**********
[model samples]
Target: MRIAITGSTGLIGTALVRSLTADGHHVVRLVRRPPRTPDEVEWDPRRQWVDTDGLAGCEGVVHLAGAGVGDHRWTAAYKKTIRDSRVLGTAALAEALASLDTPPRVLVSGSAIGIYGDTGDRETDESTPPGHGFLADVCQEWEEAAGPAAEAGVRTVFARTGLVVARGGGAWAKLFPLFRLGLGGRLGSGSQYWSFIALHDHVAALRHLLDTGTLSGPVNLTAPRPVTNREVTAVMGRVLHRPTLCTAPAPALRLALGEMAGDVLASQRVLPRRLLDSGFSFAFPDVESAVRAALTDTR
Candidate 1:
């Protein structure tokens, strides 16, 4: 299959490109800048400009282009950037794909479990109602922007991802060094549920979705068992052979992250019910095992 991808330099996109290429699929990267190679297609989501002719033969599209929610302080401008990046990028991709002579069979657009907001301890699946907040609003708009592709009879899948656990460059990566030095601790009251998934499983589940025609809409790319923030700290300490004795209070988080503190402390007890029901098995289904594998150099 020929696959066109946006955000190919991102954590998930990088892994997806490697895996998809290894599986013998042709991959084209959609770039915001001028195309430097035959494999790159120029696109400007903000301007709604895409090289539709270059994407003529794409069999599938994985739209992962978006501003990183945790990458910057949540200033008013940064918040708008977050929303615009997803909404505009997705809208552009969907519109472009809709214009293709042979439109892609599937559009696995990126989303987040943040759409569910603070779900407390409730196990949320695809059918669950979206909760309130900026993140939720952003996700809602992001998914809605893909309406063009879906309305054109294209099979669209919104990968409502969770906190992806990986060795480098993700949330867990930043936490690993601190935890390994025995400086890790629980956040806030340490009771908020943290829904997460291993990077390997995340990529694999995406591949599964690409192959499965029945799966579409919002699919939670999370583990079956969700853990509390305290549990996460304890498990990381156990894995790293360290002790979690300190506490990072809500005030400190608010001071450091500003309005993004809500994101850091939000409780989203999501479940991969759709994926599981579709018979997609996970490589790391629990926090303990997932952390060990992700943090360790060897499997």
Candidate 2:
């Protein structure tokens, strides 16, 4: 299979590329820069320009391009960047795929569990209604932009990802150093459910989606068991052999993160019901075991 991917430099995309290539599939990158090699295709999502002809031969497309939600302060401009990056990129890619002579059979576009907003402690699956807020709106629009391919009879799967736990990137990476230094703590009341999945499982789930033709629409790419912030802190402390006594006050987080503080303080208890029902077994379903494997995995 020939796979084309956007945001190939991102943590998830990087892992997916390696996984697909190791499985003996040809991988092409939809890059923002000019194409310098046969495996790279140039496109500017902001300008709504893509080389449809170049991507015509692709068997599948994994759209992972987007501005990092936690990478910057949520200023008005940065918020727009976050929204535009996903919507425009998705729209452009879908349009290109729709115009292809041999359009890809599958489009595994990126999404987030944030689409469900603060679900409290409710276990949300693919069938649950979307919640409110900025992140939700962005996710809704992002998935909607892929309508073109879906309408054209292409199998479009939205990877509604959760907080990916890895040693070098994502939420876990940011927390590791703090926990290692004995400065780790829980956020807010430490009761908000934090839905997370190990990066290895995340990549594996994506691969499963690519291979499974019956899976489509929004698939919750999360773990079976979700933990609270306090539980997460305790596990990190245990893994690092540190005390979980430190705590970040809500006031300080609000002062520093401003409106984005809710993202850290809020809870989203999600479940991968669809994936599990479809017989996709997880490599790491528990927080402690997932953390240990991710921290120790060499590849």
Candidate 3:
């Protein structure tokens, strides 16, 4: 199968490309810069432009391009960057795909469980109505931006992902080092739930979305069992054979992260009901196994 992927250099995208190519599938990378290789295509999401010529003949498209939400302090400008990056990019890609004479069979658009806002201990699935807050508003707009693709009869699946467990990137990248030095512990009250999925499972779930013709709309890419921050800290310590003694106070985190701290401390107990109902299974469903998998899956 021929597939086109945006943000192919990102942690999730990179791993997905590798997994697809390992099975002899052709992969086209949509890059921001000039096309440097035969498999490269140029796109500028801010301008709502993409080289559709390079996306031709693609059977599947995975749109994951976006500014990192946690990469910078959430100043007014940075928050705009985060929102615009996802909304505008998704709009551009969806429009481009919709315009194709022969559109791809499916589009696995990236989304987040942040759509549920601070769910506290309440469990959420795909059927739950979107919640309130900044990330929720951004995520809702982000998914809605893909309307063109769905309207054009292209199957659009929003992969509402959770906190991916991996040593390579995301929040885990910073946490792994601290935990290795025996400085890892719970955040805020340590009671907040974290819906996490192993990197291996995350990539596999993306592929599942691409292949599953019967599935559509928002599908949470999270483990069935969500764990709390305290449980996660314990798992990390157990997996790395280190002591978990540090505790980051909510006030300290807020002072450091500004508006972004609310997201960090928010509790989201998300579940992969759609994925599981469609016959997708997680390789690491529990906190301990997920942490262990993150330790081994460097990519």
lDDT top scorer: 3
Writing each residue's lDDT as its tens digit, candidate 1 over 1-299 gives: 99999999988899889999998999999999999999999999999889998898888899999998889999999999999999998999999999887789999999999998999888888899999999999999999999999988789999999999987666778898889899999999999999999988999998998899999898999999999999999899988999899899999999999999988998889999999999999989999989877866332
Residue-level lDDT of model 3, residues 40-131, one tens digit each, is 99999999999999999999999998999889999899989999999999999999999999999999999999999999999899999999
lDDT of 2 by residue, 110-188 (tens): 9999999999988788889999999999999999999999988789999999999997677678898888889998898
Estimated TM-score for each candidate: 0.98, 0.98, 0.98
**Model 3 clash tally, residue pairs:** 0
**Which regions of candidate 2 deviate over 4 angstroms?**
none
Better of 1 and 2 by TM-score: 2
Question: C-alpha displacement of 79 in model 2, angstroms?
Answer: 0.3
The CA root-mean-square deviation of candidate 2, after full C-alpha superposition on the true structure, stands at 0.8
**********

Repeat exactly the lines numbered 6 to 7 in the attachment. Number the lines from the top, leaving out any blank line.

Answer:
């Protein structure tokens, strides 16, 4: 299979590329820069320009391009960047795929569990209604932009990802150093459910989606068991052999993160019901075991 991917430099995309290539599939990158090699295709999502002809031969497309939600302060401009990056990129890619002579059979576009907003402690699956807020709106629009391919009879799967736990990137990476230094703590009341999945499982789930033709629409790419912030802190402390006594006050987080503080303080208890029902077994379903494997995995 020939796979084309956007945001190939991102943590998830990087892992997916390696996984697909190791499985003996040809991988092409939809890059923002000019194409310098046969495996790279140039496109500017902001300008709504893509080389449809170049991507015509692709068997599948994994759209992972987007501005990092936690990478910057949520200023008005940065918020727009976050929204535009996903919507425009998705729209452009879908349009290109729709115009292809041999359009890809599958489009595994990126999404987030944030689409469900603060679900409290409710276990949300693919069938649950979307919640409110900025992140939700962005996710809704992002998935909607892929309508073109879906309408054209292409199998479009939205990877509604959760907080990916890895040693070098994502939420876990940011927390590791703090926990290692004995400065780790829980956020807010430490009761908000934090839905997370190990990066290895995340990549594996994506691969499963690519291979499974019956899976489509929004698939919750999360773990079976979700933990609270306090539980997460305790596990990190245990893994690092540190005390979980430190705590970040809500006031300080609000002062520093401003409106984005809710993202850290809020809870989203999600479940991968669809994936599990479809017989996709997880490599790491528990927080402690997932953390240990991710921290120790060499590849």
Candidate 3: